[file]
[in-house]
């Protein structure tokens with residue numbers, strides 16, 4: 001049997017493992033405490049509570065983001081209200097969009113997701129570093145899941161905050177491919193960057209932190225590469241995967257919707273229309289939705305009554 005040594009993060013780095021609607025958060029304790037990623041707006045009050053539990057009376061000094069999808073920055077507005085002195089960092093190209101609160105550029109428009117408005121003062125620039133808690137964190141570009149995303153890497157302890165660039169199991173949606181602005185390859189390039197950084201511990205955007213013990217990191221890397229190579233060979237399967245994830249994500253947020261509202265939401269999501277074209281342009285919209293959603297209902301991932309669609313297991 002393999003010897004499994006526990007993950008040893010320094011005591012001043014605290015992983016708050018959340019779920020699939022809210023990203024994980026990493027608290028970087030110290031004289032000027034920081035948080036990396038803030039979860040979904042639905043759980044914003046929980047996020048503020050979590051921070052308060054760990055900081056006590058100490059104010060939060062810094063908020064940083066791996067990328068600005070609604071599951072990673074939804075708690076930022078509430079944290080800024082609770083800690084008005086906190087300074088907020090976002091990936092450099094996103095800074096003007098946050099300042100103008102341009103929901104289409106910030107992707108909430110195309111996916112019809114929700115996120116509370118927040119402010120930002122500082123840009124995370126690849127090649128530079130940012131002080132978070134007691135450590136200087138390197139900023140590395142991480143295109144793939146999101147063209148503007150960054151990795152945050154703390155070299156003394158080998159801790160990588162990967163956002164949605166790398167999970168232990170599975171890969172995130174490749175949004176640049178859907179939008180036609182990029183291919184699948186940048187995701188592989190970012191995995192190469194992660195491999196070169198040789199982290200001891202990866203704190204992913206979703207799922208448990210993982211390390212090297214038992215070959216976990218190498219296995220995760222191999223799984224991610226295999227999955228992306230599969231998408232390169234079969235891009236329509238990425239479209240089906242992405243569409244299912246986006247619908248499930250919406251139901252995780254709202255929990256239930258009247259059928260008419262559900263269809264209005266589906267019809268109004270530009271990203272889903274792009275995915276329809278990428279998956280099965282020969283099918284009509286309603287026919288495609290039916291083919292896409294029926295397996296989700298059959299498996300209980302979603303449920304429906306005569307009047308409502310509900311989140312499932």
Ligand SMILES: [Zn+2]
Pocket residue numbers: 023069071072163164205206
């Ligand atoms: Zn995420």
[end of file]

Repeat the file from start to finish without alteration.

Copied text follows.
[in-house]
């Protein structure tokens with residue numbers, strides 16, 4: 001049997017493992033405490049509570065983001081209200097969009113997701129570093145899941161905050177491919193960057209932190225590469241995967257919707273229309289939705305009554 005040594009993060013780095021609607025958060029304790037990623041707006045009050053539990057009376061000094069999808073920055077507005085002195089960092093190209101609160105550029109428009117408005121003062125620039133808690137964190141570009149995303153890497157302890165660039169199991173949606181602005185390859189390039197950084201511990205955007213013990217990191221890397229190579233060979237399967245994830249994500253947020261509202265939401269999501277074209281342009285919209293959603297209902301991932309669609313297991 002393999003010897004499994006526990007993950008040893010320094011005591012001043014605290015992983016708050018959340019779920020699939022809210023990203024994980026990493027608290028970087030110290031004289032000027034920081035948080036990396038803030039979860040979904042639905043759980044914003046929980047996020048503020050979590051921070052308060054760990055900081056006590058100490059104010060939060062810094063908020064940083066791996067990328068600005070609604071599951072990673074939804075708690076930022078509430079944290080800024082609770083800690084008005086906190087300074088907020090976002091990936092450099094996103095800074096003007098946050099300042100103008102341009103929901104289409106910030107992707108909430110195309111996916112019809114929700115996120116509370118927040119402010120930002122500082123840009124995370126690849127090649128530079130940012131002080132978070134007691135450590136200087138390197139900023140590395142991480143295109144793939146999101147063209148503007150960054151990795152945050154703390155070299156003394158080998159801790160990588162990967163956002164949605166790398167999970168232990170599975171890969172995130174490749175949004176640049178859907179939008180036609182990029183291919184699948186940048187995701188592989190970012191995995192190469194992660195491999196070169198040789199982290200001891202990866203704190204992913206979703207799922208448990210993982211390390212090297214038992215070959216976990218190498219296995220995760222191999223799984224991610226295999227999955228992306230599969231998408232390169234079969235891009236329509238990425239479209240089906242992405243569409244299912246986006247619908248499930250919406251139901252995780254709202255929990256239930258009247259059928260008419262559900263269809264209005266589906267019809268109004270530009271990203272889903274792009275995915276329809278990428279998956280099965282020969283099918284009509286309603287026919288495609290039916291083919292896409294029926295397996296989700298059959299498996300209980302979603303449920304429906306005569307009047308409502310509900311989140312499932």
Ligand SMILES: [Zn+2]
Pocket residue numbers: 023069071072163164205206
């Ligand atoms: Zn995420």